The Boston Red Sox finally traded beleaguered pitcher Byung-Hyun Kim. Kim is headed to thin altitude as the Colorado Rockies are going to take a flyer on Kim. ESPN.com has the report with a couple of interesting notes. First, the particulars.
To Colorado: RP Byung-Hyun Kim
To Boston: C Charles Johnson, SP Chris Narveson, cash considerations.
Apparently, the Red Sox are getting enough money to equalize the money in each trade. Kim is being paid $6 million this year, while Johnson is being paid $9 million. The Red Sox immediately released Charles Johnson, and whoever signs Johnson will pay them a salary that allows the Red Sox off the hook for that salary, so the Red Sox could actually benefit from the trade money-wise. As people at Sons of Sam Horn speculate, this could be a way for the Red Sox to decrease their luxury tax hit as well.
There are two prevailing theories. The first is that because Charles Johnson was never placed on the 40-man roster, his salary is not counted towards the total salary the Red Sox are paying out and since Kim is now traded, $6 million is shaved off the tax. The second and more plausible scenario is brought to you by a poster named PedroKsBambino:
Kim is on the cap for $5 mil. Johnson for $7 mil. But, Johnson’s actual salary for 2005 is more like $9 mil, and Kim’s is $6 mil. And, I assume both the Sox and Rockies had already decided to dump their players for nothing otherwise.
So if we assume that the Rockies pay $3 mil to the Sox in addition to now paying Kim, they are breaking even cash-wise from where they’d be if they just dumped CJ ($9 mil to dump him versus $3 mil for him to the Sox and $6 mil to Kim), and they’ve essentially traded Narveson for a free Kim. Not a bad gamble for them.
The Sox (after the $3 mil fro Colo) effectively pay Johnson $6 mil instead of Kim $6 mil, so no cash loss there. They get Narveson instead of Kim (no loss there, either!).
Johnson’s cap hit would be $7 mil, versus the $5 mil for Kim. But, as I recall, cash included in a deal counts against the sending team’s cap and is taken off the receiving team’s cap. So Johnson’s effective cap hit in Boston would be only $4 mil ($7 mil – $3 mil).
Thus, the Sox save a luxury tax payment on $1 mil of salary (Kim’s cap hit of $5 mil versus CJ’s effective cap hit of $4 mil). (SOSH)
Either way, the Red Sox make out cash-wise in this trade and also trade Kim.
“We certainly made a mistake and I take responsibility for that,” Red Sox general manager Theo Epstein said. “It’s just a mystery what happened to this guy.”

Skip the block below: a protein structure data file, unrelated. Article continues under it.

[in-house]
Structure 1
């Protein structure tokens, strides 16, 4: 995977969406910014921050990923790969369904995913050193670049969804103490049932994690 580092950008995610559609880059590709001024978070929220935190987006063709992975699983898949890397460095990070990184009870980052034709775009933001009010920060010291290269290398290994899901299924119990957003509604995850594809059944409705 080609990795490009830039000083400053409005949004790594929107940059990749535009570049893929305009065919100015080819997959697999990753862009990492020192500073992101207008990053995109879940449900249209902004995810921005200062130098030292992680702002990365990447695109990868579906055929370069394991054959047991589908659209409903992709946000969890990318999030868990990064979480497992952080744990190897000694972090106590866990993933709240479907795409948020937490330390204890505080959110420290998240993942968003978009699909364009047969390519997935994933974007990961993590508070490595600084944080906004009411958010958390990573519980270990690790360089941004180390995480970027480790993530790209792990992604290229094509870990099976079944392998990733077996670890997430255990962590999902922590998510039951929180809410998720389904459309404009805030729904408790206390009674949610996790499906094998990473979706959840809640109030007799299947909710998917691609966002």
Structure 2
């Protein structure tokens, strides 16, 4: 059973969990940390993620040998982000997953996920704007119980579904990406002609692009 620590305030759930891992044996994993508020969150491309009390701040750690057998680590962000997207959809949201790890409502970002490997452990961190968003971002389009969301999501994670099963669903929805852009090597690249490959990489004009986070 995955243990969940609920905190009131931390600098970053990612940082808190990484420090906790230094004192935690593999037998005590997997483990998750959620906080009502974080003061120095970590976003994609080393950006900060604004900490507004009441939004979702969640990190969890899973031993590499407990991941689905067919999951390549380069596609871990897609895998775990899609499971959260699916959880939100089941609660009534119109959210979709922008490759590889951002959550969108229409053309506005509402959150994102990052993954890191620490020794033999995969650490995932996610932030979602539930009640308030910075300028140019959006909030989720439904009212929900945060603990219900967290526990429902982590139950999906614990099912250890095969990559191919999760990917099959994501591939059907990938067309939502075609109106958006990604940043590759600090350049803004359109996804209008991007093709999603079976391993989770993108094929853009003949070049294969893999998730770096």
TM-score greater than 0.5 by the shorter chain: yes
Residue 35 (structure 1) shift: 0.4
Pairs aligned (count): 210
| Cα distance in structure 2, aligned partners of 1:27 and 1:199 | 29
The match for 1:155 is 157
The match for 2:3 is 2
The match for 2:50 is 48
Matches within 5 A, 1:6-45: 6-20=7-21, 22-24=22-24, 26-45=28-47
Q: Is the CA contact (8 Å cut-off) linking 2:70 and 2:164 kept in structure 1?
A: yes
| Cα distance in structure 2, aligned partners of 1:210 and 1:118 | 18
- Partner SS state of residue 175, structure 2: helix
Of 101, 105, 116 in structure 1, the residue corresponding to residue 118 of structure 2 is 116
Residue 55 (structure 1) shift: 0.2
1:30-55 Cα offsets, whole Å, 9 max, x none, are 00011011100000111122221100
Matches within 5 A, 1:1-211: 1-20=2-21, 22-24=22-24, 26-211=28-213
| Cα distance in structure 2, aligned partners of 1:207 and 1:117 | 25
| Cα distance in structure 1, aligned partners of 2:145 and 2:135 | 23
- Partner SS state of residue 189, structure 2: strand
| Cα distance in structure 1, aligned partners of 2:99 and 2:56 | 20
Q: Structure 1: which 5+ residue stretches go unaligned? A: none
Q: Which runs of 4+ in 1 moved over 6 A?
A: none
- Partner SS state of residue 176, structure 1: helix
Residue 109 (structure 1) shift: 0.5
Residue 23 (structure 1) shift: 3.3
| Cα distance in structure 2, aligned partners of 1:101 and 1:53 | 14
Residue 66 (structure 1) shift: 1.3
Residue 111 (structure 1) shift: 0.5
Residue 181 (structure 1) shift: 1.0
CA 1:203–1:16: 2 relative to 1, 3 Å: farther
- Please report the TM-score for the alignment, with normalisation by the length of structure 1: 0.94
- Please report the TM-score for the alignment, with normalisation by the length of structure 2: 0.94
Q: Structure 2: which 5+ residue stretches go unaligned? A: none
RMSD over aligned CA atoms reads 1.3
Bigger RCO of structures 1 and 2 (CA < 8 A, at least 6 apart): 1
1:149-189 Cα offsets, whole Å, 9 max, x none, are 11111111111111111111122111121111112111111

Kim, a 26-year-old sidearmer, was a major factor in Boston reaching the 2003 playoffs, but Epstein said Wednesday he should have let Kim get a one-year contract through arbitration rather than sign him to a two-year deal.
“I’m not so sure [success] would have happened to him in Boston,” he said. “He was crying for a change of scenery.”
Epstein said Kim, when informed of the trade, apologized for not doing better. (ESPN.com)
So now … who is Chris Narveson?
A year ago, FOX SPORTS ranked him the third best prospect in the Cardinals organization.
3. Chris Narveson, LHP, Age: 22
Narveson, a high school-trained second-rounder in 2000, lost the 2001 season after undergoing Tommy John surgery. He returned in 2002, but that was for the most part a rebound year. In 2003, he pitched well in the Florida State League and adequately in the Southern Leaguer. But what’s troubling is that he developed shoulder soreness toward the end of the season. He can throw four pitches for strikes, and his changeup in particular is already quite strong. He’s struggling with his control in the early going at AA-Tennessee, but he is striking guys out at a nice clip. Right now, the concerns are health and performance against advanced competition. In other words, Narveson has much to prove. ETA: Late 2005. (FOX Sports)
Well … in 2004, Narveson had a 4.16 ERA in 23 starts for Double-A Tennessee for the Cardinals. He went 5-10 and then was traded to the Rockies as part of the Larry Walker trade. For Double-A Tulsa, he went 0-3 in 20.0 IP for four starts. He had a 3.15 ERA and posted the best H/9 since 2001 – 7.20. Narveson has always been stingy with walks but his walks have increased (and thereby, his WHIP) in recent years, making this something that needs to be nipped in the bud. He rarely gives up home-runs and strikes out enough to be considered a K pitcher.
A year ago he was thought to turn out to be an eventual #3 starter, but now people say his ceiling is a #5 starter. We shall see. Narveson will either report to AA Portland or AAA Pawtucket. If he reports to AAA Pawtucket, he, Malaska, and DiNardo should fight for lefty bullpen spots next year when/if Alan Embree and John Halama depart.
BOLD PREDICTION: By 2007, Narveson is the top lefty out of the bullpen.